The recent Zoom hacks revealed personal information and intimate at-home conversations. The Washington Post reported that among these were “one-on-one therapy sessions; a training orientation for workers doing telehealth calls that included people’s names and phone numbers; small-business meetings that included private company financial statements; and elementary school classes, in which children’s faces, voices and personal details were exposed.”
How did this happen? Video conferences are almost always not recorded by default, but hosts can often choose to record them and save to online servers or their own computers without participants’ consent. In Zoom’s case, many of the videos appear to have been recorded through Zoom but saved onto separate online storage, without a password. Here are steps you can take to help secure your online video calls:
Don’t record. The easiest way to protect your videos as a host is to avoid recording them.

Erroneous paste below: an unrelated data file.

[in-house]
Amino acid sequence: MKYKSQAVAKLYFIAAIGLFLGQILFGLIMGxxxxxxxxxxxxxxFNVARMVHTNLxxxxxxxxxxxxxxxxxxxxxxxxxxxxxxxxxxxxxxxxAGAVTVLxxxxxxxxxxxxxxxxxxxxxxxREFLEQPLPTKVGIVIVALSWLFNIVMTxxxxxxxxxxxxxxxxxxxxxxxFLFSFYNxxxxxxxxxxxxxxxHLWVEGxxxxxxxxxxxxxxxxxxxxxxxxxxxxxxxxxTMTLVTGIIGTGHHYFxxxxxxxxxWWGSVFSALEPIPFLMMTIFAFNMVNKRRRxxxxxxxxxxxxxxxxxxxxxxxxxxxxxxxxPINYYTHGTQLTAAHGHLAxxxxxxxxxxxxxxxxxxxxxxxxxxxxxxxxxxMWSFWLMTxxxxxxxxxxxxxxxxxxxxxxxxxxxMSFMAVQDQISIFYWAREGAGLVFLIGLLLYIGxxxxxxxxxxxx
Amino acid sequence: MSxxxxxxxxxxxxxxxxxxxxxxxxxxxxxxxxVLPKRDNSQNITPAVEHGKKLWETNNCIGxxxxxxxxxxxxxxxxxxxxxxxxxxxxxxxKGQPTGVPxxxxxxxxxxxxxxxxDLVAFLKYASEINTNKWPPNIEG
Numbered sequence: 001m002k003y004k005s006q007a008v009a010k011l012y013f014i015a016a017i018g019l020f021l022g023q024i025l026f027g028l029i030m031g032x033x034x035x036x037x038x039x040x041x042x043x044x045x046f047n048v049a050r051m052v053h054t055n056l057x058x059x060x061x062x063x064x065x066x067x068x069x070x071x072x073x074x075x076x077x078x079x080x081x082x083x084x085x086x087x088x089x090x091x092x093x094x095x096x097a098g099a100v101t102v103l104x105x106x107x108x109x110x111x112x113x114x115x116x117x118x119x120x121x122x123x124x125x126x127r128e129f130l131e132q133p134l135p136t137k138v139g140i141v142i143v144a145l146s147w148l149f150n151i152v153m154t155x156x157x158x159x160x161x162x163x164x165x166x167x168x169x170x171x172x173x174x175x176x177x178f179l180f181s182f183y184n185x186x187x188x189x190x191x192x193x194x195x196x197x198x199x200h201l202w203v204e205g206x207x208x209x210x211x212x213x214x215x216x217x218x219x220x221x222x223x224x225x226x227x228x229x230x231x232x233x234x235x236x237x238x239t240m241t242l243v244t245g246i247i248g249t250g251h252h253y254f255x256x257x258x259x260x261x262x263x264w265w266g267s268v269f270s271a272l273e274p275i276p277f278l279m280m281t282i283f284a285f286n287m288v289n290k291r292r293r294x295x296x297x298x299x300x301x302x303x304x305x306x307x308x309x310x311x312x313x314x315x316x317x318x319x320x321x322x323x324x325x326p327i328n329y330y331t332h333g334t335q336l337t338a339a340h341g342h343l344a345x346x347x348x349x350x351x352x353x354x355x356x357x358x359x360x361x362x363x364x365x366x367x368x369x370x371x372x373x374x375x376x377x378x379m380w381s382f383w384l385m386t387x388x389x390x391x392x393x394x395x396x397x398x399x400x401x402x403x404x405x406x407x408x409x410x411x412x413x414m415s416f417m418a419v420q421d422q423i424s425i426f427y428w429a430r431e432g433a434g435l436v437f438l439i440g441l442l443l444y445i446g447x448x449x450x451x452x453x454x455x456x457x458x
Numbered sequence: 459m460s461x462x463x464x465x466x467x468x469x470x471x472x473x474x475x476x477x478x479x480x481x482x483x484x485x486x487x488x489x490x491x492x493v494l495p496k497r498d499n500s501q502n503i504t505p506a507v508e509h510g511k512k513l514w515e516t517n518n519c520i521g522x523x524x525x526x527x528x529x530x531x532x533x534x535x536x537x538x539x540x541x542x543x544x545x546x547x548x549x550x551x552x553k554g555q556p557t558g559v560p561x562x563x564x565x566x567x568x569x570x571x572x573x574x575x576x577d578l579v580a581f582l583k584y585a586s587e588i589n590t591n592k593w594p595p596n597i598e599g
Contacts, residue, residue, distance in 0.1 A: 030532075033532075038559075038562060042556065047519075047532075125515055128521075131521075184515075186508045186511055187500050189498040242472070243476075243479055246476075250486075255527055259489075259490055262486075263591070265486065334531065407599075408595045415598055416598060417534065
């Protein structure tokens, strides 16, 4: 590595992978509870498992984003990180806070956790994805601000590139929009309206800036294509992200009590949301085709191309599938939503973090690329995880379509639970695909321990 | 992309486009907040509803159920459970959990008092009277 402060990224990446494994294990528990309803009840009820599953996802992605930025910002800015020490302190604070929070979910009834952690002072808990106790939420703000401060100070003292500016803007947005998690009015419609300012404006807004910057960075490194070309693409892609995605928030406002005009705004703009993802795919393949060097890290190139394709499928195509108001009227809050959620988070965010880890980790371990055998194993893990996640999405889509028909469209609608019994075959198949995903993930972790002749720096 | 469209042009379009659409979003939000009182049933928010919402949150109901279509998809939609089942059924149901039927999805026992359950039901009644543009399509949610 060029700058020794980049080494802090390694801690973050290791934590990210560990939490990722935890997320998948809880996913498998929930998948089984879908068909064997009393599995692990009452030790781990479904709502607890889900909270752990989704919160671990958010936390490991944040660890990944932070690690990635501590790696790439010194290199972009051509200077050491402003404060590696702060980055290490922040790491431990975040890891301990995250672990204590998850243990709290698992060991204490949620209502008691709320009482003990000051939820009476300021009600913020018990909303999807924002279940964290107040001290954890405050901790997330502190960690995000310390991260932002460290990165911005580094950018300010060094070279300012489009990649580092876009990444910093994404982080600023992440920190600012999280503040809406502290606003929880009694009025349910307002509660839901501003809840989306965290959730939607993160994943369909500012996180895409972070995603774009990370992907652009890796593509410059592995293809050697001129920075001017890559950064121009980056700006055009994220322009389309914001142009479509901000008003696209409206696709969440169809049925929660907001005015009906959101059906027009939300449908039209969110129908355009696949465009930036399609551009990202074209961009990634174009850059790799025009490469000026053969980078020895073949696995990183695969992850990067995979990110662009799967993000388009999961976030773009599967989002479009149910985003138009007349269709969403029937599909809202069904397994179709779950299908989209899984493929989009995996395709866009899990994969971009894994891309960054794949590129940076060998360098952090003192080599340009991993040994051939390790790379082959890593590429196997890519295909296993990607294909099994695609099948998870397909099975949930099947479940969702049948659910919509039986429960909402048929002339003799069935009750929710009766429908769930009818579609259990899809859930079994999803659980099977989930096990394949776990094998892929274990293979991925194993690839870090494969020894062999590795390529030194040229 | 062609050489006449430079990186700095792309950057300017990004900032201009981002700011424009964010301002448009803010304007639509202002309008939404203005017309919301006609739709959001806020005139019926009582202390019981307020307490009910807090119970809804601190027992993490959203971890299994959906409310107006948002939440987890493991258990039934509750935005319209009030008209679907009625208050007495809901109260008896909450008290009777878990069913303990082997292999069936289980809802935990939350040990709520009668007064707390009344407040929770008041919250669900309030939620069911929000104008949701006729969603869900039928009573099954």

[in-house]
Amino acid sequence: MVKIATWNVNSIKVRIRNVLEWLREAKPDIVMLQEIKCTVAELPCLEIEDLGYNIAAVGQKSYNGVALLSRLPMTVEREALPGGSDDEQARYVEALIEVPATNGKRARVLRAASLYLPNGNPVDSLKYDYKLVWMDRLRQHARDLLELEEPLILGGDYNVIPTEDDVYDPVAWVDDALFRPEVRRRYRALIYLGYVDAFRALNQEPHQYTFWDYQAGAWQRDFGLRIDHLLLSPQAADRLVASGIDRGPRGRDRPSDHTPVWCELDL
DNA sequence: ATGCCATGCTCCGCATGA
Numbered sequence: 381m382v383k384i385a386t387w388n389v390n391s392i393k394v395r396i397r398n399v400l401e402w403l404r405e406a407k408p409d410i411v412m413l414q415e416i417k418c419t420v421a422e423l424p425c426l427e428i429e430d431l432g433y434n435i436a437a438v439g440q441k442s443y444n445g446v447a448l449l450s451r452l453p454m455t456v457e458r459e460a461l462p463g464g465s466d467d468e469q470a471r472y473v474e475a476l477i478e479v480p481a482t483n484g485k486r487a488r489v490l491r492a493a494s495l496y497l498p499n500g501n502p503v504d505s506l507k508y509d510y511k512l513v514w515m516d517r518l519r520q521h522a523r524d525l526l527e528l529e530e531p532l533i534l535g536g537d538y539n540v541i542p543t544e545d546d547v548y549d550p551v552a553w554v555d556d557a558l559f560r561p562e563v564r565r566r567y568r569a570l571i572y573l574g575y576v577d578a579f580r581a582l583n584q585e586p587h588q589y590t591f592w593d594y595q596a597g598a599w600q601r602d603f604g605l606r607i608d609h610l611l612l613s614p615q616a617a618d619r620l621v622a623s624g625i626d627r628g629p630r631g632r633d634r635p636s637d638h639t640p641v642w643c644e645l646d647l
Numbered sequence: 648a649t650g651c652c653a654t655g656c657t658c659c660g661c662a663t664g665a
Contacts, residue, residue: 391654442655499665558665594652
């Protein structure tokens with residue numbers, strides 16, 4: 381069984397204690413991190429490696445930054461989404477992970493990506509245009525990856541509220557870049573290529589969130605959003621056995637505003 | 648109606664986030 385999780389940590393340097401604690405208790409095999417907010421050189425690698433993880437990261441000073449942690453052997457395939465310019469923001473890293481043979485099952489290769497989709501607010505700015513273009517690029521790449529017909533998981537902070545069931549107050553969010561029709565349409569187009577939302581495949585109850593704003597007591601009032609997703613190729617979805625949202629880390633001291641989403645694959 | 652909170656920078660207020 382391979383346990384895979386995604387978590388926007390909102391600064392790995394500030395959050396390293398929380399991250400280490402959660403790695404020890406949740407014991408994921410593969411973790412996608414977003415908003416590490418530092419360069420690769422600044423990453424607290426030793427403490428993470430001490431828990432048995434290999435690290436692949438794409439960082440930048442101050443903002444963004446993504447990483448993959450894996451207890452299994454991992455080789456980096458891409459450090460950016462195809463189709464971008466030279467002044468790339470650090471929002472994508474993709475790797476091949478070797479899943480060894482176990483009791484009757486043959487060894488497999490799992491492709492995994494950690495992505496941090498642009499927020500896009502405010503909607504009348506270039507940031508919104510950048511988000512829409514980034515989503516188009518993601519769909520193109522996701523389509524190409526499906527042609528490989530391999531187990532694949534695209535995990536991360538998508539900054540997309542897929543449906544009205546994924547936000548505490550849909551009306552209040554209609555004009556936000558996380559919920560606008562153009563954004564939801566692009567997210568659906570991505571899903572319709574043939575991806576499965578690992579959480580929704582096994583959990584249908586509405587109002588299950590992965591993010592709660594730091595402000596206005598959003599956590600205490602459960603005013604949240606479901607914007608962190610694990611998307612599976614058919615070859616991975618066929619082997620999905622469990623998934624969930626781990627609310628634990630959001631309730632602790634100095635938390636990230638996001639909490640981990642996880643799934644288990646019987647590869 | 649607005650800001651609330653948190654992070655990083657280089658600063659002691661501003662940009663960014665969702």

Give each video a unique name. Zoom gives a video a highly predictable name by default. When saving a video to your computer, rename it so a stranger cannot guess it and search for it through one of the free search engines that scans open web directories.
Make your upload sites private. Dedicate a favorite online file-storage site to your video calls, and set it to private viewing-only. Amazon, YouTube, Dropbox, and Vimeo all allow you to password-protect your content.
Limit Meeting ID-sharing. Rather than sharing publicly, send your Zoom Meeting ID directly to the people who are to attend the call.
Password-protect the call. Only share the password with the people attending.
Set screen sharing to Host Only. This precaution prevents “Zoombombing” trolls from blasting disruptive texts or images to meeting participants.
Approve each entrant. Zoom has a waiting room feature that keeps participants from joining the meeting until the host approves.
This article is part of a series on safeguarding and getting the most out of technology during the coronavirus.
To read tips on getting the most out of working from home, click here. To achieve faster internet for smoother browsing, streaming and gaming, click here. To learn how to safely disinfect phones, PCs and other devices, click here.